Skip to main content Accessibility help

Polynomial chaos assessment of design tolerances for vortex-induced vibrations of two cylinders in tandem

  • Gianluca Geraci (a1), Marco Donato De Tullio (a2) and Gianluca Iaccarino (a1)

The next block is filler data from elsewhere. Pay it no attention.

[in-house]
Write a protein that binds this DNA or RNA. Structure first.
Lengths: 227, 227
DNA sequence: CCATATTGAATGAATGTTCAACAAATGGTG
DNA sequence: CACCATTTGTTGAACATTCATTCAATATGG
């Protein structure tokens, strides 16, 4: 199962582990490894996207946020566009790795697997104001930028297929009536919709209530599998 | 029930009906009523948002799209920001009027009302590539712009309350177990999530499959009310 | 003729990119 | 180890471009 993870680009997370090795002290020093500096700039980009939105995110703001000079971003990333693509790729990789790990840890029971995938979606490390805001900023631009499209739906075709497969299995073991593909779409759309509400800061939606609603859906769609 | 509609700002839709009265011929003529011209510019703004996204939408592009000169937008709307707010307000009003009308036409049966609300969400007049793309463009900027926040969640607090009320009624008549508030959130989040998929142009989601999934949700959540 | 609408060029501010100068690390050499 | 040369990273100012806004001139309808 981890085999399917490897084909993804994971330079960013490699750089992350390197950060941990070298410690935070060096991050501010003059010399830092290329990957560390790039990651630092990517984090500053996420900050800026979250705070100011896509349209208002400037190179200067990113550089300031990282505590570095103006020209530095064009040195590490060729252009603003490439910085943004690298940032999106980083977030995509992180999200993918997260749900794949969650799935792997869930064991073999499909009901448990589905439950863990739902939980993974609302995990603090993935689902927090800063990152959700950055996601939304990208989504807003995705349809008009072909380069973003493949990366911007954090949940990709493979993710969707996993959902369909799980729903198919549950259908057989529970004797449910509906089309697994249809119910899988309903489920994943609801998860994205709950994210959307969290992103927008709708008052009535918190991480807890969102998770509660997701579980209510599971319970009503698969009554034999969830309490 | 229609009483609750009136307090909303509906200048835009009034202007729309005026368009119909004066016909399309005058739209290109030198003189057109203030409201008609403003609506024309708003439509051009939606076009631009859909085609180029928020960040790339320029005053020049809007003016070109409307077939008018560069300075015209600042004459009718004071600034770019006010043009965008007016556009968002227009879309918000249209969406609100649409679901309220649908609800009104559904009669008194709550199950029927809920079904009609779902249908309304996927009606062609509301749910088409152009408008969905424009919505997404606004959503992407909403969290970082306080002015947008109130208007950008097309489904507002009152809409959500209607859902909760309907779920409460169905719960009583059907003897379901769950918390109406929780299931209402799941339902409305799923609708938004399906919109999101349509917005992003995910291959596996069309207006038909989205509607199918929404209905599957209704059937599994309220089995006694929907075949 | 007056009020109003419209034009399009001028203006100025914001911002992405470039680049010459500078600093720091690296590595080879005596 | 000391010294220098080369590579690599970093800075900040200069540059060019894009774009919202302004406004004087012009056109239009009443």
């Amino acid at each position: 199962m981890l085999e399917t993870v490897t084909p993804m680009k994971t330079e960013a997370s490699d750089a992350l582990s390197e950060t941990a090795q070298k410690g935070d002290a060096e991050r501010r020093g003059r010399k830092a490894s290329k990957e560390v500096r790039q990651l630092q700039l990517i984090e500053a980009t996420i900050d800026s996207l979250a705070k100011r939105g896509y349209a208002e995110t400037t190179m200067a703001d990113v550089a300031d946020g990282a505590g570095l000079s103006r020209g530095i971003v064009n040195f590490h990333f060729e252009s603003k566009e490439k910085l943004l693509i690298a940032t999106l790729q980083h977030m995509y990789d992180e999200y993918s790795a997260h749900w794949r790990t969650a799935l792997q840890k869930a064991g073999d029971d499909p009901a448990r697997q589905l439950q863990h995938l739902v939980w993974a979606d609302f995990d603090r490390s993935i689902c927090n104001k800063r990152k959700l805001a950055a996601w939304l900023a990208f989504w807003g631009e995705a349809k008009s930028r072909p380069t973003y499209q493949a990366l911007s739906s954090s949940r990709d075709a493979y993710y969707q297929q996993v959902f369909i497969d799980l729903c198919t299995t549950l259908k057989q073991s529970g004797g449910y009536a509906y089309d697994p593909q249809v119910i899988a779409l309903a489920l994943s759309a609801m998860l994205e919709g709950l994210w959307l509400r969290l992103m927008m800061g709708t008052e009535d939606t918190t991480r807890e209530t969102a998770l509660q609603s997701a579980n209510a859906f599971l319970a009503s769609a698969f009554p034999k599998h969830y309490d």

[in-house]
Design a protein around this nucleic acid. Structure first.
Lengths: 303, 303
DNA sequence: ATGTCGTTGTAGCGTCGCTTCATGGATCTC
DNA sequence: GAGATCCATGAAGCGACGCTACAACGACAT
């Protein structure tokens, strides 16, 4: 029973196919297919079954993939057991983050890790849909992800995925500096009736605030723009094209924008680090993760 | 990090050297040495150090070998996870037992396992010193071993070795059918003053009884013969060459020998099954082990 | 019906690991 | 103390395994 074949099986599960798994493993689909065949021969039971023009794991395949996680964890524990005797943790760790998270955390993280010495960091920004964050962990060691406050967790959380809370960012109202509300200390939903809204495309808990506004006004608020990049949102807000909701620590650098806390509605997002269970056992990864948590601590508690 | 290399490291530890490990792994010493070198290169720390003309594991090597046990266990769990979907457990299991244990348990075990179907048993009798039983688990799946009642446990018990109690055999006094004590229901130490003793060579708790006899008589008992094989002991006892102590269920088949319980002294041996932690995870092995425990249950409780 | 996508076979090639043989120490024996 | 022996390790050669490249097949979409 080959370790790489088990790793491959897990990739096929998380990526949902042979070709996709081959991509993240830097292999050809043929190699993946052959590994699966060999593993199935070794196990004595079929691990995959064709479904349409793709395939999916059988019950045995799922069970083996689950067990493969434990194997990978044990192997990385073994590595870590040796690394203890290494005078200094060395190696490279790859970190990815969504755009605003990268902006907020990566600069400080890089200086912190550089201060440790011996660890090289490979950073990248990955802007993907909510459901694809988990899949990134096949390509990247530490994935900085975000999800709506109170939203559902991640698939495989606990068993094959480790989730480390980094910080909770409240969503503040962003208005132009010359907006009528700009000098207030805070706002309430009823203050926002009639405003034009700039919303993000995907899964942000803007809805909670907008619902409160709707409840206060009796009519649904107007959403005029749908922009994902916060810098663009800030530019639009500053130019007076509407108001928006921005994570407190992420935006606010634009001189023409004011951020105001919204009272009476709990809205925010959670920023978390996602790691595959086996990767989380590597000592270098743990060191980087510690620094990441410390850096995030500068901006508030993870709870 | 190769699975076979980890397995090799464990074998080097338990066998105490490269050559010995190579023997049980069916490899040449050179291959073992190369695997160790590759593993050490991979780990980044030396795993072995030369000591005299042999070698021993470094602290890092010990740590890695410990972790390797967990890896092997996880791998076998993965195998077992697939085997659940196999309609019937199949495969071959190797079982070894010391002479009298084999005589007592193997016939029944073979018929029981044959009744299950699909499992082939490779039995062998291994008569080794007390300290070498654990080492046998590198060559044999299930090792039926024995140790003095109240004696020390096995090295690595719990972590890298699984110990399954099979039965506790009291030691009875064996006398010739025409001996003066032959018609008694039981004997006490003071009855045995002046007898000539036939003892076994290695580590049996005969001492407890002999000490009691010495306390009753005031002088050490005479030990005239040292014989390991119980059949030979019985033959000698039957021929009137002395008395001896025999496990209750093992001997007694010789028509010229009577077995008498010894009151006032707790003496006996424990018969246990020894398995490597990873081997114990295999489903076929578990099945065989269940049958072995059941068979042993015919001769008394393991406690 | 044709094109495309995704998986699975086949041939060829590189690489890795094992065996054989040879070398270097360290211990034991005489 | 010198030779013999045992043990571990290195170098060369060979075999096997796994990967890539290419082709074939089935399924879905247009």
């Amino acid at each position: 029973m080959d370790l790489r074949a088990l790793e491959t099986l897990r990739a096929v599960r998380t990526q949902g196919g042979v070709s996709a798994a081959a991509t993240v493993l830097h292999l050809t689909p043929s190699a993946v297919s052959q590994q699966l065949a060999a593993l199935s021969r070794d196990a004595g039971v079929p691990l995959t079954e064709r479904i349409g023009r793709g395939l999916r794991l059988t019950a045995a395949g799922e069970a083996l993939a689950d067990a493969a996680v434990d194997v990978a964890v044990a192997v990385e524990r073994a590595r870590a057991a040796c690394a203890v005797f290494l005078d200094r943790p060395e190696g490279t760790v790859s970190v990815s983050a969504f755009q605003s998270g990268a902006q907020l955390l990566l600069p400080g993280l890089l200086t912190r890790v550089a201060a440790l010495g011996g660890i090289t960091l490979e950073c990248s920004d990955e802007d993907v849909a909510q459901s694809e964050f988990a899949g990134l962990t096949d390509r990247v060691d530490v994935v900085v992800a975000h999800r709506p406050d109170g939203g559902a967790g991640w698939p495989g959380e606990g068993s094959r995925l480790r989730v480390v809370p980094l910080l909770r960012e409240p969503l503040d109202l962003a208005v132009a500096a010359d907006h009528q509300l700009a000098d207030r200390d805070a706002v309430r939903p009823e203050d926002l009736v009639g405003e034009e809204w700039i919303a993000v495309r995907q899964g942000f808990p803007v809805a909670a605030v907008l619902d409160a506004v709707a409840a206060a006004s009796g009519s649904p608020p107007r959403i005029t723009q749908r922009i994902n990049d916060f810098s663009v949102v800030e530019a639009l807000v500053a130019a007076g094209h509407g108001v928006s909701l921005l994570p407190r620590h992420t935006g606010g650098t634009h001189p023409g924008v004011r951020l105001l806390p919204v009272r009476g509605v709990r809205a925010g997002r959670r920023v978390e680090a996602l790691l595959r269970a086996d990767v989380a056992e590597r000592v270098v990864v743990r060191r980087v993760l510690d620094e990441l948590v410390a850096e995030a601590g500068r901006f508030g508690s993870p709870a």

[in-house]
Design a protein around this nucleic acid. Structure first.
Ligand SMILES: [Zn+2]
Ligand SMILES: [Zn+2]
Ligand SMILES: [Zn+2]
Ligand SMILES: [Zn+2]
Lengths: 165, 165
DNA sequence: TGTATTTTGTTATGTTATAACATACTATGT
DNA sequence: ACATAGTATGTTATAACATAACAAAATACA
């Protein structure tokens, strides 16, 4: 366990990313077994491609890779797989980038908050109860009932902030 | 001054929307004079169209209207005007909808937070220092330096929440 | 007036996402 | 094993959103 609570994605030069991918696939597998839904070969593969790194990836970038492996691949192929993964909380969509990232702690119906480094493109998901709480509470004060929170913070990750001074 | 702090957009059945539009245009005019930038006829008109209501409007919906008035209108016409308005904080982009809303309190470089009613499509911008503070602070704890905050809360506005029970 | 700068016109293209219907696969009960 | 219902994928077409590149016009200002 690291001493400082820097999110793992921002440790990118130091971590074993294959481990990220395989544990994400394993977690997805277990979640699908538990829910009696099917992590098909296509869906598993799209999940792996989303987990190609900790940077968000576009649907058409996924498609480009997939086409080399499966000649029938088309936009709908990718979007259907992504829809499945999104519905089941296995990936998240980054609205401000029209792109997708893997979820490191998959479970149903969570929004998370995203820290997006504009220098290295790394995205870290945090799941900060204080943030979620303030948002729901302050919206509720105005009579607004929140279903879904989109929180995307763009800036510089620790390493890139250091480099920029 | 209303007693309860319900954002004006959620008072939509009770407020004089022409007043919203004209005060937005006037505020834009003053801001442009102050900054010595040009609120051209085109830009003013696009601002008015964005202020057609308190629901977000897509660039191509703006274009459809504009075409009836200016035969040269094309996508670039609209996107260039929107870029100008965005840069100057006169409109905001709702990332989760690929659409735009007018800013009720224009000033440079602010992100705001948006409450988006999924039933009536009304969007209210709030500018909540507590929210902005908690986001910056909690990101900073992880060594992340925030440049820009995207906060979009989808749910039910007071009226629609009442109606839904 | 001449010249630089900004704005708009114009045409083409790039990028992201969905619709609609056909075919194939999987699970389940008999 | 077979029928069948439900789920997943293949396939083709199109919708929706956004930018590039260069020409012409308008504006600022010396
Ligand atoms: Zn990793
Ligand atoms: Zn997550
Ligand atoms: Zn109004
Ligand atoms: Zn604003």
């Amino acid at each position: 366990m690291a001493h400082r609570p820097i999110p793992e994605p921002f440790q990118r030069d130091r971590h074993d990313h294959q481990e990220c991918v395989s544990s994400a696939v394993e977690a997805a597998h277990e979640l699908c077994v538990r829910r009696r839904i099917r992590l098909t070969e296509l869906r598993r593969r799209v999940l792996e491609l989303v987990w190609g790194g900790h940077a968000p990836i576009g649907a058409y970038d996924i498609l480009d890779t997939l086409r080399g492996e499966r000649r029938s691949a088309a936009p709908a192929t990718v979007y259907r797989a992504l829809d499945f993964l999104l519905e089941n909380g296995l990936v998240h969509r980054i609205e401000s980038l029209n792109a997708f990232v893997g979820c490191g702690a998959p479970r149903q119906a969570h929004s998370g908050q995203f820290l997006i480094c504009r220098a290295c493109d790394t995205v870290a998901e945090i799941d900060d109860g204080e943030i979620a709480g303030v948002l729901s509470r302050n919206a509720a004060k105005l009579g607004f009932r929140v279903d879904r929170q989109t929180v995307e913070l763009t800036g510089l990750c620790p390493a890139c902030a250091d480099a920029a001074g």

The presence of aerodynamics loadings makes the design of some classes of elastic structures, as, for instance, marine structures and risers, very challenging. Moreover, capturing the complex physical interaction between the structure and the fluid is challenging for both theoretical and numerical models. One of the most important phenomena that appear in these situations is vortex-induced vibrations. The picture is even more complicated when multiple elastic elements are close enough to interact by modifying the fluid flow pattern. In the present work, we show how the common design practice for these structures, which is entirely based on deterministic simulations, needs to be complemented by the uncertainty quantification analysis. The model problem is a structure constituted by two elastically mounted cylinders exposed to a two-dimensional uniform flow at Reynolds number 200. The presence of a manufacturing tolerance in the relative position of the two cylinders, which we consider to be a source of uncertainty, is addressed. The overall numerical procedure is based on a Navier–Stokes immersed boundary solver that uses a flexible moving least squares approach to compute the aerodynamics loadings on the structure, whereas the uncertainty quantification propagation is obtained by means of a nonintrusive polynomial chaos technique. A range of reduced velocities is considered, and the quantification, in a probabilistic sense, of the difference in the performances of this structure with respect to the case of an isolated cylinder is provided. The numerical investigation is also complemented by a global sensitivity analysis based on the analysis of variance.